Since I would be going opposite the race direction, I was to head up the Hope Pass trail and then hook up for a bit more climbing on Grainger Creek Trail. I planned for a shorter day so I wouldn't be hitting the steeper bits of the trail near the top.
If the Bonnevier Trail was a single-lane country road, then Hope Pass was like a two-lane highway. Though the soft ground made it feel more like a wide, padded track. In reality, it's actually a historic wagon trail.
Again the trail was in deep tree cover, but this one much more reminiscent of something you might see in the Tahoe area. Big coniferous trees, lots of shade, but with a more open feeling.
It was also a much more popular trail as I passed at least a half dozen backpackers heading in from one or other of the trail camps. However, as soon as I turned off the wide path around 4-1/2 miles in, I didn't see another soul.
Grainger Creek was a more narrow single-track trail winding its way up the side of the mountains. Where the previous day's path didn't follow any obvious topographical feature (in fact, it appeared as if someone just decided to make their way through the woods), this trail contoured along the side of the hill slowly climbing above its namesake creek (though it might be considered a raging river in California right now given our drought).
Many offshoot streams crossed the trail feeding down to the creek often creating short muddy bits to step over.
This well maintained trail, included bridges built over any longer sections of muck.
Of course, this meant for lush and green surroundings and an all around enjoyable hike up the trail.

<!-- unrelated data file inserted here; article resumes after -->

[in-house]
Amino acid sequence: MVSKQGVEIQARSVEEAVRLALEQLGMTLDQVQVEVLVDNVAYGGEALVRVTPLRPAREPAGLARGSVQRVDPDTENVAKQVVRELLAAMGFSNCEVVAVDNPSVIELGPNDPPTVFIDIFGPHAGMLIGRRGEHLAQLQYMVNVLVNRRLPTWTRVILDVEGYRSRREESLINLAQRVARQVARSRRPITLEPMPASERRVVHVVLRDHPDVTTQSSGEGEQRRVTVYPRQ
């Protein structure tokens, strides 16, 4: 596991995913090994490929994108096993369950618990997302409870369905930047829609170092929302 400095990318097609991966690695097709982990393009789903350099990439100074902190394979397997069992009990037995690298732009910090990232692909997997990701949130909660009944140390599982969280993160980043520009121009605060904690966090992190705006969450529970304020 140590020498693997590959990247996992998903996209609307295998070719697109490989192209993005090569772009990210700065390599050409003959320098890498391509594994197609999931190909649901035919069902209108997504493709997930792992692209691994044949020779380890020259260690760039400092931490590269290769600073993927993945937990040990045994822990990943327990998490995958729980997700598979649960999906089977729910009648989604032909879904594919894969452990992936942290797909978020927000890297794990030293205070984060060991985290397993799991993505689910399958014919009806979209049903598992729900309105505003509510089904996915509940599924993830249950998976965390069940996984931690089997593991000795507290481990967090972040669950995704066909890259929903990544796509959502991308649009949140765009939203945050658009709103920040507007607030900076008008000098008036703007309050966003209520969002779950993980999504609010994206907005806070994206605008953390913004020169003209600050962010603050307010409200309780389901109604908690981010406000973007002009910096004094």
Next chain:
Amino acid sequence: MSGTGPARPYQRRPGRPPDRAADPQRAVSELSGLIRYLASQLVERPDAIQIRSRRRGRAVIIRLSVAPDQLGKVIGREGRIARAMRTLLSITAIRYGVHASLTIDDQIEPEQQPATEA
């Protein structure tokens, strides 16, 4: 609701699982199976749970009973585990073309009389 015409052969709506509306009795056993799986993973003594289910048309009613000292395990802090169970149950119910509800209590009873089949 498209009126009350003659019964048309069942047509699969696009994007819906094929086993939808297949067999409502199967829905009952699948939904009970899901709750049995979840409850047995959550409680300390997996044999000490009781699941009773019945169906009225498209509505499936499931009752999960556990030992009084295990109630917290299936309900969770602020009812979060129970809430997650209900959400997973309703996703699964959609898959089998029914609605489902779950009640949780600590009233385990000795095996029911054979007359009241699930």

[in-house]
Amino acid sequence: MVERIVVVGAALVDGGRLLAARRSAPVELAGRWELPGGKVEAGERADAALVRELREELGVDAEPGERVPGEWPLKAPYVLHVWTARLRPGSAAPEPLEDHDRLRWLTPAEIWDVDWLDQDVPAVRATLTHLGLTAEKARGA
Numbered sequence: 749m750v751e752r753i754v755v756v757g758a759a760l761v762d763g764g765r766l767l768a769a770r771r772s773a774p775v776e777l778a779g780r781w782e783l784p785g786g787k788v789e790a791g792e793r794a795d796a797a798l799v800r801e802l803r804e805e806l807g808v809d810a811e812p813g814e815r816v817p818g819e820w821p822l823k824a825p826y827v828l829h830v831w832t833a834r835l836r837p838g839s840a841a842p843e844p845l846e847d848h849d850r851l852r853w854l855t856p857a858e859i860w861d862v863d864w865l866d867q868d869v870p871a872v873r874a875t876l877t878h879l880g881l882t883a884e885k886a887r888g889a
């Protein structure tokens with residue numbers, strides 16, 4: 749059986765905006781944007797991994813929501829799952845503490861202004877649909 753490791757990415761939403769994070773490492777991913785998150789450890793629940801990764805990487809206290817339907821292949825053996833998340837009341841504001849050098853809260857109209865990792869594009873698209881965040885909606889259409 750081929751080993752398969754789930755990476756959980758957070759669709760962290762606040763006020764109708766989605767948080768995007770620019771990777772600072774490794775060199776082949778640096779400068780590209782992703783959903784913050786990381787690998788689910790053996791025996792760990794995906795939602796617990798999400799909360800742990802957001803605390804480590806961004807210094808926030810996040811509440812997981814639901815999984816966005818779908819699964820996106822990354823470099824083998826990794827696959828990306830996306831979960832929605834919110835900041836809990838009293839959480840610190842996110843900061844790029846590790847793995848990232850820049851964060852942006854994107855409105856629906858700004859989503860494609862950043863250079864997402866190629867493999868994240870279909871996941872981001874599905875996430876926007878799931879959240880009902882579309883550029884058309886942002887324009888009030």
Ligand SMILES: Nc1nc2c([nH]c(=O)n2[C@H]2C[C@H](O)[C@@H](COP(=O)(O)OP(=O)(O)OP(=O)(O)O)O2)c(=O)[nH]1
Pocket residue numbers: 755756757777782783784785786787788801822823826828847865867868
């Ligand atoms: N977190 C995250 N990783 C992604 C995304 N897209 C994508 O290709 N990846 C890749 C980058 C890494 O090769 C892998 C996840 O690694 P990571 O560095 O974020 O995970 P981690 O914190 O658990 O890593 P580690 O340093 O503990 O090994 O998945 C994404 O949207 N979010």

While there once again was very little view due to the dense cover, I was always aware of it teasing just beyond the curtain of trees. I kept expecting to come out into a clearing at some point. This is probably why I ended up going further up trail than planned. In the end, I only ended up with one brief view of the surrounding area.
When I finally turned around after 8-1/2 miles (a mile longer than intended), I couldn't help myself. This trail was pretty much just the sort I love to bomb downhill. A soft, easy surface, but with just enough rocks, roots, twists and turns to keep it interesting. I did manage to reel in the proverbial reins, forcing myself to walk anything that was flat or slightly uphill. I also kept the downhill pace in check, but felt light on my feet the whole way.
With the two days combined, I'd covered well over 1/4 of the race distance. Unfortunately, though, since I had to do everything as an out-and-back, I'd only seen around 1/7 of the course. I'm also a little worried that I picked sections that were a bit easy, building a little false confidence. No matter, it will give me something to look forward to as I grind through the first couple climbs.
Also, I wouldn't want to have the race completely devoid of surprises (as if that would be possible in an event this long).